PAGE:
The Himalayan Cataract Project is a nonprofit that has been performing free cataract surgeries across Asia and Africa since the 1990’s. The two ophthalmologists who started the project say that they were inspired to pursue the initiative after they saw firsthand how debilitating blindness can be – and how easy it is to cure.
Cataracts can be cured by inserted tiny plastic lenses that properly focus the light into a patient’s eye. Roughly half of the people who suffer from blindness around the world could have their sight restored with a simple cataract surgery – however, there are fewer eye doctors in countries like Ethiopia and Nepal.
Additionally, when the two ophthalmologists first visited Nepal three decades ago, the cheapest cataract lens that was available cost over $250; but once the team started manufacturing the lenses locally, they brought the price tag down to under $25 per lens.
“Blindness is one of the neglected problems of global health but it’s also one of the few big problems that we can win,” says Geoffrey Tabin, co-founder of the Himalayan Cataract Project.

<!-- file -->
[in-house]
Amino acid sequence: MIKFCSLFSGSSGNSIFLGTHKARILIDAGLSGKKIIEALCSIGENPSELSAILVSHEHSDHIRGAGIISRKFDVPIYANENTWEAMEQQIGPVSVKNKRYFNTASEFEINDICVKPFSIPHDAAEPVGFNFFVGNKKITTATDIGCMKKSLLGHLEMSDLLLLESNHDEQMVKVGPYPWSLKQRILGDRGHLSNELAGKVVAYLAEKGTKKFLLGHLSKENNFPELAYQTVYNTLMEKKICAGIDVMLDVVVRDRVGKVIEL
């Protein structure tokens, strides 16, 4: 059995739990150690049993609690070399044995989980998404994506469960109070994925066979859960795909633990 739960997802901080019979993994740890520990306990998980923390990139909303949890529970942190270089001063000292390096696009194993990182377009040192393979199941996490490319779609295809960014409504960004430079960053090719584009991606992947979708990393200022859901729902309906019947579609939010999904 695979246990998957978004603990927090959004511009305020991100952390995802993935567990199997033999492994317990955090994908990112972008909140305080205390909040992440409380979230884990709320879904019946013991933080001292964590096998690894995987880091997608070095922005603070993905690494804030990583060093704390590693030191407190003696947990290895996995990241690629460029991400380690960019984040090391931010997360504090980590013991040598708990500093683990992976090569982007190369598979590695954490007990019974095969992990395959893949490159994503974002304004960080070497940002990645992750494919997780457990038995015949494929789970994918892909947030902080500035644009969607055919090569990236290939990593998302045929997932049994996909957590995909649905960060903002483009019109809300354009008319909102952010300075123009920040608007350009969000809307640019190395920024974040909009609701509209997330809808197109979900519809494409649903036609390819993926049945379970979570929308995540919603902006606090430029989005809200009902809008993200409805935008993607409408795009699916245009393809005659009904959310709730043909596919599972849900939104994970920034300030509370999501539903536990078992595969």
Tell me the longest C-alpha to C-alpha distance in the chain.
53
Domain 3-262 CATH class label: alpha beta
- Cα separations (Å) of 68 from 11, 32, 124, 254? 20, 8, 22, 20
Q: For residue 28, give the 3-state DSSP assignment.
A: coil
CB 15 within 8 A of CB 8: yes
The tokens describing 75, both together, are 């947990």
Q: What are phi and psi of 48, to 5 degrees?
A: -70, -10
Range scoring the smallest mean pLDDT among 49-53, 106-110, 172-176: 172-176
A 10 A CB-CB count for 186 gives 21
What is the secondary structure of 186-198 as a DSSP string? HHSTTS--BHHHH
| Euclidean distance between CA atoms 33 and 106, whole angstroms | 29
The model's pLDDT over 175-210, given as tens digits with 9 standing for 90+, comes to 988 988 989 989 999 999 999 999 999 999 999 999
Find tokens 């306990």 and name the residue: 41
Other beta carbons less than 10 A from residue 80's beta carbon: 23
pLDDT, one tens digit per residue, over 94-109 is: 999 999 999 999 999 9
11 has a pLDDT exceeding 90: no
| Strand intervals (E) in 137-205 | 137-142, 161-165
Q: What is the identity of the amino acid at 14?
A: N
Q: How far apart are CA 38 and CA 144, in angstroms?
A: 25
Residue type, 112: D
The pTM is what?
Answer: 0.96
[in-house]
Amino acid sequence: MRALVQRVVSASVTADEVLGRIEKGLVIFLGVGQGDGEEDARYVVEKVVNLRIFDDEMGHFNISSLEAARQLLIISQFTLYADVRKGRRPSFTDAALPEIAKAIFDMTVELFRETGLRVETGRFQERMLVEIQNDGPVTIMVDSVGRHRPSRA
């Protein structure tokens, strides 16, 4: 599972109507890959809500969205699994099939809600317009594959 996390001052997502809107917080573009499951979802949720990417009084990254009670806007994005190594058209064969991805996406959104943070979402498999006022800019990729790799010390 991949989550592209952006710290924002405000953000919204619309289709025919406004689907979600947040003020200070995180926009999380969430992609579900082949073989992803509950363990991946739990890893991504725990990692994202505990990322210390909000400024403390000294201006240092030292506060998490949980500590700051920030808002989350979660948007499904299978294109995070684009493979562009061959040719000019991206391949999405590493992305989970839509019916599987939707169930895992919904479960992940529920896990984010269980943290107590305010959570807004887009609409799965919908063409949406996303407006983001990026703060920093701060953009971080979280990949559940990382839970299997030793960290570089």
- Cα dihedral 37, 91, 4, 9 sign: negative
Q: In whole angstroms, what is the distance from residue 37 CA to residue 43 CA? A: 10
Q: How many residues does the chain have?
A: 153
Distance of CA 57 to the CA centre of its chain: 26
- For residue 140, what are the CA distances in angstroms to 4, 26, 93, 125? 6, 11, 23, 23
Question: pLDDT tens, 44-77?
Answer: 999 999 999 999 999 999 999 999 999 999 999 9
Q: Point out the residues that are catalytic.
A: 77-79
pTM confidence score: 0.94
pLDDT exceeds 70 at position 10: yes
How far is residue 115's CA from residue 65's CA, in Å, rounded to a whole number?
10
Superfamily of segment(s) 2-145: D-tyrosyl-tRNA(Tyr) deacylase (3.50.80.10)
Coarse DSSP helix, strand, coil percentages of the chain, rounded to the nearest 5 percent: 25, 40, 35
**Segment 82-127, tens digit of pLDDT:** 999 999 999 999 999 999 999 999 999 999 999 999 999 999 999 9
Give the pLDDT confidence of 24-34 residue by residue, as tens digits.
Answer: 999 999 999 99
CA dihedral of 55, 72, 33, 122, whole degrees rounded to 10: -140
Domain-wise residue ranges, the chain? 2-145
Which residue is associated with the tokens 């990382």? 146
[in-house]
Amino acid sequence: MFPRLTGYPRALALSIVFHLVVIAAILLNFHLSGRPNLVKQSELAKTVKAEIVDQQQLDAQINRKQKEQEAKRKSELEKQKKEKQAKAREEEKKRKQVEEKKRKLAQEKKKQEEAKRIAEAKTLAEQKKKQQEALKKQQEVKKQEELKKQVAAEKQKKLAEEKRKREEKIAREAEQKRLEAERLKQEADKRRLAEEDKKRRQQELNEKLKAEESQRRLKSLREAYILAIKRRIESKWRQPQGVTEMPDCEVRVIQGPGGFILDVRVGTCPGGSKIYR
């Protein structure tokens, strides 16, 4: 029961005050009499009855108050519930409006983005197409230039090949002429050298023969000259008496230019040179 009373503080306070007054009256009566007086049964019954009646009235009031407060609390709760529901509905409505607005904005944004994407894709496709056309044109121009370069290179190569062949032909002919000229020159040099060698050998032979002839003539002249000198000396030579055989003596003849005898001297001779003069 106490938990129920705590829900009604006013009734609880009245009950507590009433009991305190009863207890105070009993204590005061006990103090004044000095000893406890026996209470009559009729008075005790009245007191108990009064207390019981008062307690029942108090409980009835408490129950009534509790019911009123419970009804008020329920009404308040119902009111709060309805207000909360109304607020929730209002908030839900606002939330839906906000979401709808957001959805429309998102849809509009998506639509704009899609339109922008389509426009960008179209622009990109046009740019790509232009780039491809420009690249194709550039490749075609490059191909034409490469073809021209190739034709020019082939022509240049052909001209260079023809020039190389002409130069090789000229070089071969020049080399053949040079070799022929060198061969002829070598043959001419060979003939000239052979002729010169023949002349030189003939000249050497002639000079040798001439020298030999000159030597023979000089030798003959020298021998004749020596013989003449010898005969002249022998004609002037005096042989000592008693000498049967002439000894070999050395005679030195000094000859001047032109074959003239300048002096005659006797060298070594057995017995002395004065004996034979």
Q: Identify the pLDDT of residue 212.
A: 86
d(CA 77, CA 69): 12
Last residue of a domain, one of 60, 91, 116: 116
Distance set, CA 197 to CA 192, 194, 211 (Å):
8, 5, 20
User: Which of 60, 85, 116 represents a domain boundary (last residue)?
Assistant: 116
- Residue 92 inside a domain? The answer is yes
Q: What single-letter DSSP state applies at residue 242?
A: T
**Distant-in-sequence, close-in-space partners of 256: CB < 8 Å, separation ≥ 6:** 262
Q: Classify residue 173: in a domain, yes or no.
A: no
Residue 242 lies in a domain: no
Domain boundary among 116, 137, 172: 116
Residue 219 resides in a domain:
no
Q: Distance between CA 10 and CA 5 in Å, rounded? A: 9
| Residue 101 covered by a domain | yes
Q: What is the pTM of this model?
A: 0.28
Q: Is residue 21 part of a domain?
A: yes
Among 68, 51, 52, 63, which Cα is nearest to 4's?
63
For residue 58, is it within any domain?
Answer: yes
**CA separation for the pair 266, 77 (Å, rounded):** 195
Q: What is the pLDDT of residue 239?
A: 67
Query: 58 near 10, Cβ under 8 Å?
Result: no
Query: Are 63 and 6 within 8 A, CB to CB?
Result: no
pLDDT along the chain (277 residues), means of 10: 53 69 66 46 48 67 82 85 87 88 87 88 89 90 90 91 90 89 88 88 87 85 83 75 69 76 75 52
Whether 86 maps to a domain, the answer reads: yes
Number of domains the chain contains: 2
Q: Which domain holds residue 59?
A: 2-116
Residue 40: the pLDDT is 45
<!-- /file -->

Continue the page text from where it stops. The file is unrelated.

“From the first time I saw the miracle of cataract surgery on a totally blind patient, I realized that there is nothing else I can think of in the realm of medicine that is as cost-effective that we can do [to] really change lives instantaneously.”
The project now operates out of Ghana, Bhutan, India, Ethiopia, Myanmar and several others. On an average day, their clinics perform up to 200 cataract surgeries, each of which takes roughly 4 to 20 minutes to complete. After wearing gauze bandages over their eyes for 24 hours, most of their patients are capable of passing a driver’s license vision test the very next day.
“The joy just comes through,” says Tabin. “The patches come off and it takes them a couple seconds to realize that they’re seeing … and then there’s this unbelievable smile.”
The Himalayan Cataract Project was nominated as a semi-finalist for The MacArthur Foundation’s 100&Change competition, which will award a $100 million grant to the winner that can provide a bold solution to a critical social problem in the world.
Sources : GNN